KabaFusion selected by UCB to provide Rystiggo to gMG patients
Approved infusion therapy now available to US patients at home
The home infusion company KabaFusion has announced that UCB has tapped it as a limited U.S. distribution partner for Rystiggo (rozanolixizumab-noli), the first therapy approved for adults with the two most common subtypes of generalized myasthenia gravis (gMG).
Following its June approval by the U.S. Food and Drug Administration, the UCB therapy is now commercially available to eligible gMG patients with antibodies against either the acetylcholine receptor (AChR) or muscle-specific tyrosine kinase (MuSK) proteins.
Rystiggo is administered through subcutaneous or under-the-skin injections, which can be given to patients at home with the use of a specialty pharmacy. UCB announced in July that it was setting up a limited network of such pharmacies in the U.S. that were capable of administering the therapy in a home setting.
“KabaFusion is proud to be a leader in home infusion and providing access to patients with new drugs that will improve their quality of life,” Sohail Masood, KabaFusion’s founder and CEO, said in a company press release.
“We have a well-established history of successfully managing patients with myasthenia gravis and neuromuscular conditions and we are proud to have been selected by UCB as a limited distribution partner to provide Rystiggo to patients and providers,” Masood said.
KabaFusion home infusion company serves patients in 46 states
Based in California and Massachusetts and founded in 2010, KabaFusion is a national provider of chronic and acute infusion therapies. It serves patients in 46 states through its network of home infusion pharmacies, alternative infusion sites, and home health agencies.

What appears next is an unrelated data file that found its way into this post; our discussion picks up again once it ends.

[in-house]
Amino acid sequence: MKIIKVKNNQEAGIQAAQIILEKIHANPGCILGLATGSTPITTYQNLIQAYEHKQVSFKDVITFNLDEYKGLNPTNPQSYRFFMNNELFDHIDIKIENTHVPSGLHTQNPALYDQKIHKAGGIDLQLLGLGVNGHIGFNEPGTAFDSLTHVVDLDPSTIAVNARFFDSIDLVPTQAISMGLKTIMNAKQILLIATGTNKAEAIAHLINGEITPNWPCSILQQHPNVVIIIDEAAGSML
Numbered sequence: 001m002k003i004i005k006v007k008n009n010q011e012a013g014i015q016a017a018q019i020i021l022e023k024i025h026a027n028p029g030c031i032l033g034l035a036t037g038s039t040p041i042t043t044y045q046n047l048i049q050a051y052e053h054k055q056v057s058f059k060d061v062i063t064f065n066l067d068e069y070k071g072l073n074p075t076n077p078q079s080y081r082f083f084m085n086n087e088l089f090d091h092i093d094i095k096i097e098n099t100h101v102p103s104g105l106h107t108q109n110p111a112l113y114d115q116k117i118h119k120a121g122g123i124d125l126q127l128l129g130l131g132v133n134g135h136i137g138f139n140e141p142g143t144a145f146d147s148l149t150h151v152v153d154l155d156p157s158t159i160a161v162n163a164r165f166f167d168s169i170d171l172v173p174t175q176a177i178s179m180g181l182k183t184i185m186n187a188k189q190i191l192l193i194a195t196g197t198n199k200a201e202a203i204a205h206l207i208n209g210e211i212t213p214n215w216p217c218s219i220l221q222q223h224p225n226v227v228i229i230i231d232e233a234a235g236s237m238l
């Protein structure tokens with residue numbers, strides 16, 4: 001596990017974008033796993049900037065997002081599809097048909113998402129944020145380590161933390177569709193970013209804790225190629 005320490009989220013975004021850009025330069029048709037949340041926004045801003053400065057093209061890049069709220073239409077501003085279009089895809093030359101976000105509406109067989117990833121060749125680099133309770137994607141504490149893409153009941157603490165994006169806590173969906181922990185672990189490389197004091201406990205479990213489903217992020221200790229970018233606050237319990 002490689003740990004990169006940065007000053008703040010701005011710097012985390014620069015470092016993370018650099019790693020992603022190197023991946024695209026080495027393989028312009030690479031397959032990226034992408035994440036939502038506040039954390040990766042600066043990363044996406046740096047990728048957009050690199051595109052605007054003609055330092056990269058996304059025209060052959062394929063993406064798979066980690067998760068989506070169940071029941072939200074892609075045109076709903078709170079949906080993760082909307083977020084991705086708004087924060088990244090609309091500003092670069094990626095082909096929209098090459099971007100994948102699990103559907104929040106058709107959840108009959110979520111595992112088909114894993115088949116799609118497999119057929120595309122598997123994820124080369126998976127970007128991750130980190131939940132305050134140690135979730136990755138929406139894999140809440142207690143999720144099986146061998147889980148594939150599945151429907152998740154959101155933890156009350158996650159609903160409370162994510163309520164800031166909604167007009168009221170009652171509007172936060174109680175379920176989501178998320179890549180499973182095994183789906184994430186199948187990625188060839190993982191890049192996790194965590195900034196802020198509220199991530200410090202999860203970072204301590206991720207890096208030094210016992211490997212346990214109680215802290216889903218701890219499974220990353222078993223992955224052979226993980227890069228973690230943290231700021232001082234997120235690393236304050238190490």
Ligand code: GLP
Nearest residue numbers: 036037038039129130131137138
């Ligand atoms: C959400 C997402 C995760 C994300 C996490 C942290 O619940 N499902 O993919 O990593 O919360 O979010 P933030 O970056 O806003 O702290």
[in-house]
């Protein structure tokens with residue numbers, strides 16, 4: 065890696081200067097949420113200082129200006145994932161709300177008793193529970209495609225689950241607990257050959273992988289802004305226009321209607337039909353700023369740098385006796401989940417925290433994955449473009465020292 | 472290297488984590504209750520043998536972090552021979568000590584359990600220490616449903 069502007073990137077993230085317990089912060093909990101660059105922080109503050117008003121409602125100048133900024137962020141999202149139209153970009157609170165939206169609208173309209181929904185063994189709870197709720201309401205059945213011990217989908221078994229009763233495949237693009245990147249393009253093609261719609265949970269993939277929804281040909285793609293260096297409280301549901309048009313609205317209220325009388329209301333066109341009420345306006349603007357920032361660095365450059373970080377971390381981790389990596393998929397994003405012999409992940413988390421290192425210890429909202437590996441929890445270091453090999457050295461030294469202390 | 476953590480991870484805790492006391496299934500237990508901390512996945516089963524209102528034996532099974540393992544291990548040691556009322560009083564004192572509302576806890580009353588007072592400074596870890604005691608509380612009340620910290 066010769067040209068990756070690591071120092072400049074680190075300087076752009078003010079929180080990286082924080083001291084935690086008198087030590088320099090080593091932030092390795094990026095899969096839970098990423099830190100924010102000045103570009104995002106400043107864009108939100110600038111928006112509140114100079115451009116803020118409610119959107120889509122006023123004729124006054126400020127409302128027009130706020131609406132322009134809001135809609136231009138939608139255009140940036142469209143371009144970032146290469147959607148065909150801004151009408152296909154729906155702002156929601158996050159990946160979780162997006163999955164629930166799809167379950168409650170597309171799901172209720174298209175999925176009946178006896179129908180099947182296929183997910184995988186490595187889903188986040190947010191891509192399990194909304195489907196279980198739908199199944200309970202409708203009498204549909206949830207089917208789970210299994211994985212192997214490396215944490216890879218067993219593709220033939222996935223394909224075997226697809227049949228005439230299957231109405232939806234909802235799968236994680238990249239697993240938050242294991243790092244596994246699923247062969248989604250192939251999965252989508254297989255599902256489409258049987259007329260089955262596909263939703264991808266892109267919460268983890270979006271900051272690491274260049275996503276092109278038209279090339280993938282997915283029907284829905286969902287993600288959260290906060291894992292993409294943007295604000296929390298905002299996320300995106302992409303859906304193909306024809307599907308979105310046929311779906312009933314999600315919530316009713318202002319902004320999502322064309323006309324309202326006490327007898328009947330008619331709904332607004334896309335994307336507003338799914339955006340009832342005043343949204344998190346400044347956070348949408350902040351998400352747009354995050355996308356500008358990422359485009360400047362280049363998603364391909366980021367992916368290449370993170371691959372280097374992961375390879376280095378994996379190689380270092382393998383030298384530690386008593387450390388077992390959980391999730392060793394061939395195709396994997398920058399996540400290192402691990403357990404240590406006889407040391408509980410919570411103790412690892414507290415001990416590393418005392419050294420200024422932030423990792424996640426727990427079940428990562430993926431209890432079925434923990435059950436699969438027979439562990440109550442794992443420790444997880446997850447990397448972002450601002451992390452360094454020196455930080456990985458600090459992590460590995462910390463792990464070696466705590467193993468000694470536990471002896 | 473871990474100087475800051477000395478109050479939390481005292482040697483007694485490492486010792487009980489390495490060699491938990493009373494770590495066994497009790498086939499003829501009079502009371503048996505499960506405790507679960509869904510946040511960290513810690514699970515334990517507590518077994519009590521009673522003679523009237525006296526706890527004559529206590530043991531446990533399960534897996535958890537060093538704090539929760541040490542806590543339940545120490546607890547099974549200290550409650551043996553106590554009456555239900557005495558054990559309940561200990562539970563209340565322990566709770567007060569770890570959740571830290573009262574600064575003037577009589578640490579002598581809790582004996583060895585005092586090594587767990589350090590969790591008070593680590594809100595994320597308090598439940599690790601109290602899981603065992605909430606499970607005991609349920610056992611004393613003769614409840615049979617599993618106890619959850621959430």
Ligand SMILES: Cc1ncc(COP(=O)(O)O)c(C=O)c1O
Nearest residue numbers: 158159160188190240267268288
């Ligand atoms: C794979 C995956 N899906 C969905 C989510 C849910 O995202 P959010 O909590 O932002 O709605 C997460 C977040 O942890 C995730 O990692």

Rystiggo, now also up for approval in Europe and Japan, is designed to reduce the levels of antibodies driving gMG, thereby lessening the muscle weakness and fatigue that characterize the disease, along with other symptoms.
The medication is meant to be delivered by a healthcare provider at doctors’ offices, hospital outpatient clinics, and independent infusion centers by injection every week for six weeks. Additional six-week cycles depend on the patient’s clinical response.
Patients using Rystiggo, as well as their caregivers, may enroll in ONWARD, UCB’s personalized patient support program for those being treated with its medicines for rare diseases.
All participants will have a medically trained care coordinator assigned to them throughout treatment who can answer questions regarding their insurance coverage and explain financial assistance options for access to Rystiggo, which is listed at a price of $6,050 per vial. The coordinators also can provide other resources and help with treatment tracking.
UCB is conducting a Phase 3 clinical trial (NCT05681715) to assess whether Rystiggo can be self-administered at home with appropriate training. Those results are expected next year. The study may still be recruiting adults with gMG at sites in the U.S. and Europe.